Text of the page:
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JumpStart was developed by Sun Microsystems to enable Solaris systems to be installed - preferably without intervention. In Sun offices,most user desktops were Sun workstations, and the local IT departments needed some way of maintaining them. This meant building new systems as well as reprovisioning the OS to existing systems. When an office has over 1000 workstations to build, automation is key.

JumpStart was introduced along with Solaris 2, and provides a basic mechanism for getting the OS onto the system; it also provides a couple of hooks to allow system customisation, but the actual work of customisation is left up to the implementor.

Process Overview

The process of JumpStart (on SPARC) starts with the operator configuring the JumpStart server to respond to the various protocols involved and then initiating the actual JumpStart process from the target system.

Basic JumpStart

For a basic JumpStart, the JumpStart server will provide the mini-root boot environment and access to the media; this mimics the process of booting from a CD (or tape if you are old enough to remember), but without actually needing the physical media.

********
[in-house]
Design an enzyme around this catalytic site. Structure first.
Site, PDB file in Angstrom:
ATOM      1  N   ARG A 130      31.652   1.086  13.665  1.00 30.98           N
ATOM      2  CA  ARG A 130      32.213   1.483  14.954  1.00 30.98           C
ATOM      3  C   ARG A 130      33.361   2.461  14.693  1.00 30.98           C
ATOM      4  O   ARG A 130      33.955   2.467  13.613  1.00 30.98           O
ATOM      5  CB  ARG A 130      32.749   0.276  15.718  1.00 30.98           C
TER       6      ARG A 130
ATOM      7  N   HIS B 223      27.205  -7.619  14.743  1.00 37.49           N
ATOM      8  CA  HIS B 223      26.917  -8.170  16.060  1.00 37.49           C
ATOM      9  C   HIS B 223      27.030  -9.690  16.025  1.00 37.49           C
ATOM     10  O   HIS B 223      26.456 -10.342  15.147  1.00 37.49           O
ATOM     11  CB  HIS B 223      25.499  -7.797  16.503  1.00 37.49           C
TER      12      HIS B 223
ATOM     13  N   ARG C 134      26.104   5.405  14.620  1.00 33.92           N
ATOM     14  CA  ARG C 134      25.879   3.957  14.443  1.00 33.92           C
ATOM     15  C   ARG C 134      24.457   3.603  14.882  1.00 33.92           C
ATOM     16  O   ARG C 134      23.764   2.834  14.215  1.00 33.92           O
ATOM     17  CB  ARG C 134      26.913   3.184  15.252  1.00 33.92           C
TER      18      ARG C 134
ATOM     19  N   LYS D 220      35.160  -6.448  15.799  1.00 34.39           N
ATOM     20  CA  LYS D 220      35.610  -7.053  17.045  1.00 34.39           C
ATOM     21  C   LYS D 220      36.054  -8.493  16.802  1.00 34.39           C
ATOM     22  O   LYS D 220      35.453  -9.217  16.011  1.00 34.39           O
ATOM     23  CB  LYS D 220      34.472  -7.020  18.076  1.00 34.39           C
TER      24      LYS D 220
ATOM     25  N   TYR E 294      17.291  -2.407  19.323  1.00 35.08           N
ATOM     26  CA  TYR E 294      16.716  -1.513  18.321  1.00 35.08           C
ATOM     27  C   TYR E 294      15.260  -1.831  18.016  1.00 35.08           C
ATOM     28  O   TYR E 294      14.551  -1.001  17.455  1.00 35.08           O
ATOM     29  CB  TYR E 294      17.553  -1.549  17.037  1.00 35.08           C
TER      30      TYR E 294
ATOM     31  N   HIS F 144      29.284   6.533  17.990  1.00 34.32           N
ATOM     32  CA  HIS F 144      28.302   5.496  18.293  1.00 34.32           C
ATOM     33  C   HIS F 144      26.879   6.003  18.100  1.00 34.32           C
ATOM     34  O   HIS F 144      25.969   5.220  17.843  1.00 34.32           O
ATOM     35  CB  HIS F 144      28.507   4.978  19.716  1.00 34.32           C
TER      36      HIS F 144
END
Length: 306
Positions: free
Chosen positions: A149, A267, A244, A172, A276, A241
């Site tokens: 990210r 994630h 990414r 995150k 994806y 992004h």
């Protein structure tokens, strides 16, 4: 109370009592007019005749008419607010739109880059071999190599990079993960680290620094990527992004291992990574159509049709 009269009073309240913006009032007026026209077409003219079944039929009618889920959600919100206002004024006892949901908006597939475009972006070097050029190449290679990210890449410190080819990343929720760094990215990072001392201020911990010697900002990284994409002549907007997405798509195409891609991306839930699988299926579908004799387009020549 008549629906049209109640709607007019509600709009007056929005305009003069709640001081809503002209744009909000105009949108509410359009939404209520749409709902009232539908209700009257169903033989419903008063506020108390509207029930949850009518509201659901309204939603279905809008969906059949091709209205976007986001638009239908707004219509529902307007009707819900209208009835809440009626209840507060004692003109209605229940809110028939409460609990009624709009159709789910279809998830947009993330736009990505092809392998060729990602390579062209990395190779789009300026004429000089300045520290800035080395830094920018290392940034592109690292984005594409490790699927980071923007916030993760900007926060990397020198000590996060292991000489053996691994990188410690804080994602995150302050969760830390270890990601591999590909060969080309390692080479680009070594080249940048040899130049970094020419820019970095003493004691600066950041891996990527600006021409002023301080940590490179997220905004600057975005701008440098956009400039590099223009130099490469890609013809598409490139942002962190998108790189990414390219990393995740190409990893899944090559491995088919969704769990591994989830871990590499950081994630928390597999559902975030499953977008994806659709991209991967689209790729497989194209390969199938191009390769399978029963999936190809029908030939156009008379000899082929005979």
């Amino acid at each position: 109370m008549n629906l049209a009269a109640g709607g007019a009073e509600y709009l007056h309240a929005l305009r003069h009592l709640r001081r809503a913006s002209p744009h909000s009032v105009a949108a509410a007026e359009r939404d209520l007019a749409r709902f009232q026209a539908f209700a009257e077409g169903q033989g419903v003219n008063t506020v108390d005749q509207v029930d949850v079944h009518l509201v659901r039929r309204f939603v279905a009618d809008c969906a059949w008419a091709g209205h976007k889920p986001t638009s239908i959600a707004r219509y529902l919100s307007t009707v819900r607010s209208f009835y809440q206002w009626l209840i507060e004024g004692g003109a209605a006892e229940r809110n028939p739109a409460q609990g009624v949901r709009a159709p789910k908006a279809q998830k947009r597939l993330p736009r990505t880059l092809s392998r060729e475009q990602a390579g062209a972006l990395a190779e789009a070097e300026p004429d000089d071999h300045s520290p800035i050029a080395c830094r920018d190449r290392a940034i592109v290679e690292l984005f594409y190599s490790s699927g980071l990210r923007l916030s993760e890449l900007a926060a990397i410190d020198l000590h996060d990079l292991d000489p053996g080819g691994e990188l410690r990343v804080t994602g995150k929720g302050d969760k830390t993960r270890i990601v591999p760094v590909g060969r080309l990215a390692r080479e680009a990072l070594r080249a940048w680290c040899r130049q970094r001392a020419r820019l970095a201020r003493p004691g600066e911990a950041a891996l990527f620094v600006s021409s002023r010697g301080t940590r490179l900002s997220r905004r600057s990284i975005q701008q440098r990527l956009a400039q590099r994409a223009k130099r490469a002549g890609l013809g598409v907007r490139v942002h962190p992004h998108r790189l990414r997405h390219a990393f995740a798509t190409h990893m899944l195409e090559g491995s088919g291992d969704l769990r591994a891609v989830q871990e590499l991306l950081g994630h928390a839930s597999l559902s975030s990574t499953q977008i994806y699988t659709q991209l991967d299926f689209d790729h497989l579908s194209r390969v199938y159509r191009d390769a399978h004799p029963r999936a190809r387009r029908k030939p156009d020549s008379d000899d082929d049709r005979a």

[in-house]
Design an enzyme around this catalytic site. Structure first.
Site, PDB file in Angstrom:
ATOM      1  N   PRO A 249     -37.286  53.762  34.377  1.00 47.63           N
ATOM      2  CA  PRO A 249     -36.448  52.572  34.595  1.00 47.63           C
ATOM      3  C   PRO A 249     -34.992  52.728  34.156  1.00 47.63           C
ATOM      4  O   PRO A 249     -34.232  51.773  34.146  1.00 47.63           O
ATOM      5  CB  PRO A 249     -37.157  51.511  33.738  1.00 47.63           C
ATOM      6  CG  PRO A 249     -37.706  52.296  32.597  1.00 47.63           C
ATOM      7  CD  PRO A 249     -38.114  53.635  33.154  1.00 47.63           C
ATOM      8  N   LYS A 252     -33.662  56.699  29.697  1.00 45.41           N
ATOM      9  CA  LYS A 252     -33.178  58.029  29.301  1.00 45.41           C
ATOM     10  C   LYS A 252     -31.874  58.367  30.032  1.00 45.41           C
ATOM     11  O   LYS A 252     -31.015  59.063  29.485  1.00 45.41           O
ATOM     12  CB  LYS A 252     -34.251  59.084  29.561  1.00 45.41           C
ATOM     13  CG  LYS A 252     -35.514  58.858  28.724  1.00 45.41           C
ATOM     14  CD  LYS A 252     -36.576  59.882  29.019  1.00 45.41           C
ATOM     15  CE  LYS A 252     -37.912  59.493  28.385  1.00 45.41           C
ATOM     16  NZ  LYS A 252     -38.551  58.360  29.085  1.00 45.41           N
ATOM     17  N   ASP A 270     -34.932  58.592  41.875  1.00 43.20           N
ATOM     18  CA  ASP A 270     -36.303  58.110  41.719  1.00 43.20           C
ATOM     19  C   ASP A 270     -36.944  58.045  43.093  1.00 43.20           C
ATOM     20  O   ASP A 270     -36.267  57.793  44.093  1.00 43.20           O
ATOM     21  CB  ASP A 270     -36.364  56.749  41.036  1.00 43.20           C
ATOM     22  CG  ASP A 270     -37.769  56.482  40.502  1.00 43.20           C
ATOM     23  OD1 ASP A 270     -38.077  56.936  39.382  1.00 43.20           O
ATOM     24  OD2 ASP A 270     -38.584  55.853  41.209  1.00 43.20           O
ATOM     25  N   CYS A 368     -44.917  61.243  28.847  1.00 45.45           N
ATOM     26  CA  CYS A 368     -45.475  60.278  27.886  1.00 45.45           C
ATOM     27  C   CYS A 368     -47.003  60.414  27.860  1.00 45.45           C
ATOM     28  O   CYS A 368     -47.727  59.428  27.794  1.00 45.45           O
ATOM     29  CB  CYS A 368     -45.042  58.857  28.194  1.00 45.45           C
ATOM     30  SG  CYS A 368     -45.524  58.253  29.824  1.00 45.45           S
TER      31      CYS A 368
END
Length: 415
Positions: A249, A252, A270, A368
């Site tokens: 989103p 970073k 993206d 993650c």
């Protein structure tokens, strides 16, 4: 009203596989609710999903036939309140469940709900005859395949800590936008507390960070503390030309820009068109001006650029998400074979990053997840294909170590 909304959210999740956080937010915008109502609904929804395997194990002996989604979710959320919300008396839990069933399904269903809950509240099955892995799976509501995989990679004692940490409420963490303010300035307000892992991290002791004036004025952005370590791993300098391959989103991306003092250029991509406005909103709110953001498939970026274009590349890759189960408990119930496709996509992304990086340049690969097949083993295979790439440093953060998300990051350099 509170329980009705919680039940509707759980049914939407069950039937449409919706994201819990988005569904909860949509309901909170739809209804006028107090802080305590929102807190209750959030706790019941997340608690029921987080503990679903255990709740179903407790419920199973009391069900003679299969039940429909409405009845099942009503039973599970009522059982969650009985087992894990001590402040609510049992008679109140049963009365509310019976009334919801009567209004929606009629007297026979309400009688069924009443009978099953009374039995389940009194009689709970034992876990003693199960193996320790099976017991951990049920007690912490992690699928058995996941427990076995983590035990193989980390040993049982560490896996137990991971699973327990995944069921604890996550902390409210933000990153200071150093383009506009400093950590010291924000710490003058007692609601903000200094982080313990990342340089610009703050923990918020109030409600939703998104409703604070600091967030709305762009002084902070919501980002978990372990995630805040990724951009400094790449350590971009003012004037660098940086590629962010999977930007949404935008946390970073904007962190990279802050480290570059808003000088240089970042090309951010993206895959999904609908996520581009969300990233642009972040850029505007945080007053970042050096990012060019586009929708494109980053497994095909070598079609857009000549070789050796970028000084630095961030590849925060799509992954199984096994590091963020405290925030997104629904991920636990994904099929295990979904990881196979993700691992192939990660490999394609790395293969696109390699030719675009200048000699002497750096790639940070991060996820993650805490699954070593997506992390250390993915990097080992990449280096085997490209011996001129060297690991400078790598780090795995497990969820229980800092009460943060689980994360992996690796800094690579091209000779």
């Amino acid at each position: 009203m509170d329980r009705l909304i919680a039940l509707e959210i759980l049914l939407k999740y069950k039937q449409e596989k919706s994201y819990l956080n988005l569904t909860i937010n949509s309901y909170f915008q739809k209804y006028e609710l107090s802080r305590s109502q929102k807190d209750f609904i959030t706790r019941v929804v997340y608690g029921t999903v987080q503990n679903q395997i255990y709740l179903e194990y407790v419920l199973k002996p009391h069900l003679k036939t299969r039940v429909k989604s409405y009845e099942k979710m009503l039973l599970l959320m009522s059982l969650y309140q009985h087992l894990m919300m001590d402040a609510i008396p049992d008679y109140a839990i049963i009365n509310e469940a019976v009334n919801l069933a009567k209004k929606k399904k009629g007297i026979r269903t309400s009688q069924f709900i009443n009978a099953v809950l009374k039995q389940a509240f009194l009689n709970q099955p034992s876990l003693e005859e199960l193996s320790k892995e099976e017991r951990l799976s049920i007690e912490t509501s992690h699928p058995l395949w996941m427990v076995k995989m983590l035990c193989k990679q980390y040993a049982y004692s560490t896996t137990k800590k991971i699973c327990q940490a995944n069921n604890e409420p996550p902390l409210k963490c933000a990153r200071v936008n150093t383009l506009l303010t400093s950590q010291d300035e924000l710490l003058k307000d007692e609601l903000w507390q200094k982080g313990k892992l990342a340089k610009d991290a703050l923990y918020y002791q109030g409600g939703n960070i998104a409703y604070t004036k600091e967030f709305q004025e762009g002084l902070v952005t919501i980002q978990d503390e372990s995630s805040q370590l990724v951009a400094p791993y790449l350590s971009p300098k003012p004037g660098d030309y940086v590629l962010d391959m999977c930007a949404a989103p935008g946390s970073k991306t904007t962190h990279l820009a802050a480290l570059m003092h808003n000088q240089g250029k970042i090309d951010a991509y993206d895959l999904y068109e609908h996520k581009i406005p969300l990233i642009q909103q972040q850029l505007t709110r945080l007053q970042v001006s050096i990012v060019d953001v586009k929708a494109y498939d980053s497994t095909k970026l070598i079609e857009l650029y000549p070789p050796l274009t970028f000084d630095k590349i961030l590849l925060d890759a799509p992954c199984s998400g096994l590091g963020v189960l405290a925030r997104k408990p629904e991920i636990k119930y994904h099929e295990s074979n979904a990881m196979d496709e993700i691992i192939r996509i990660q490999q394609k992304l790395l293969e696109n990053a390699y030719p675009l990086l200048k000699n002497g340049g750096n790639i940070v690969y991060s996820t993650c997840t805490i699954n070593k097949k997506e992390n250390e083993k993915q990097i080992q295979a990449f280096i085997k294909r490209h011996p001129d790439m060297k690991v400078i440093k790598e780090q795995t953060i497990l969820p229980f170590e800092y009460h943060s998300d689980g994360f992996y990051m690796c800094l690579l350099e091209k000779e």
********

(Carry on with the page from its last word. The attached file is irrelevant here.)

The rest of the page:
On the JumpStart server:

1. Insert the Solaris media (CDROM/DVD) assumed
2. Change directory into the media and under the 'Tools' directory, locate and run the 'setup_install_server' command
3. The installation media is copied to the local system
4. Change directory to the local copy of the media
5. From the 'Tools' directory in the local copy, run the 'add_install_client' command, providing:
   * Client name
   * IP address
   * Ethernet (MAC) address
   * CPU architecture

This populates the /etc/ethers and /etc/bootparams files and ensures that rpc.bootparamd and in.rarpd are now running. At this point, you can proceed to the client system and from the OpenBoot PROM, run the command:

ok boot net - install

The system should boot off the network and start running the Solaris Installation program, just as if you had booted off CDROM or DVD. This process is still interactive but if this doesn't work, then you need to fix things before trying to make things more complicated!